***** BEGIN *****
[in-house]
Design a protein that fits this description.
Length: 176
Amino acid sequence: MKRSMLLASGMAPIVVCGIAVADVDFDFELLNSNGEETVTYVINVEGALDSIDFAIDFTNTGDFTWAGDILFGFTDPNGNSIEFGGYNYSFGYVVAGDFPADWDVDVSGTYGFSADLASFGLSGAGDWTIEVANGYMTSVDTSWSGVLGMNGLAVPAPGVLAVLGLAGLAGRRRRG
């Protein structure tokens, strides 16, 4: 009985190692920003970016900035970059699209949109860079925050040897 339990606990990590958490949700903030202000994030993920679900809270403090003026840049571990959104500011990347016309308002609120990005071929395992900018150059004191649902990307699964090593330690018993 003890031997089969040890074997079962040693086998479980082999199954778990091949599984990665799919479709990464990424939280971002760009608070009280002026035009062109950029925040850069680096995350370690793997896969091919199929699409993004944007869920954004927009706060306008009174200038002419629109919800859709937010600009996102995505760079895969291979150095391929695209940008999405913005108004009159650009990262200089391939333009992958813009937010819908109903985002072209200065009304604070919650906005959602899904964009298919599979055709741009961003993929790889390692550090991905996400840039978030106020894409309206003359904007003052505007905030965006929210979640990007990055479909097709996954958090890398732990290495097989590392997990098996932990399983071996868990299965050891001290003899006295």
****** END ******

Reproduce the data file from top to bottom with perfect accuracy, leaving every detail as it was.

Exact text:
[in-house]
Design a protein that fits this description.
Length: 176
Amino acid sequence: MKRSMLLASGMAPIVVCGIAVADVDFDFELLNSNGEETVTYVINVEGALDSIDFAIDFTNTGDFTWAGDILFGFTDPNGNSIEFGGYNYSFGYVVAGDFPADWDVDVSGTYGFSADLASFGLSGAGDWTIEVANGYMTSVDTSWSGVLGMNGLAVPAPGVLAVLGLAGLAGRRRRG
């Protein structure tokens, strides 16, 4: 009985190692920003970016900035970059699209949109860079925050040897 339990606990990590958490949700903030202000994030993920679900809270403090003026840049571990959104500011990347016309308002609120990005071929395992900018150059004191649902990307699964090593330690018993 003890031997089969040890074997079962040693086998479980082999199954778990091949599984990665799919479709990464990424939280971002760009608070009280002026035009062109950029925040850069680096995350370690793997896969091919199929699409993004944007869920954004927009706060306008009174200038002419629109919800859709937010600009996102995505760079895969291979150095391929695209940008999405913005108004009159650009990262200089391939333009992958813009937010819908109903985002072209200065009304604070919650906005959602899904964009298919599979055709741009961003993929790889390692550090991905996400840039978030106020894409309206003359904007003052505007905030965006929210979640990007990055479909097709996954958090890398732990290495097989590392997990098996932990399983071996868990299965050891001290003899006295």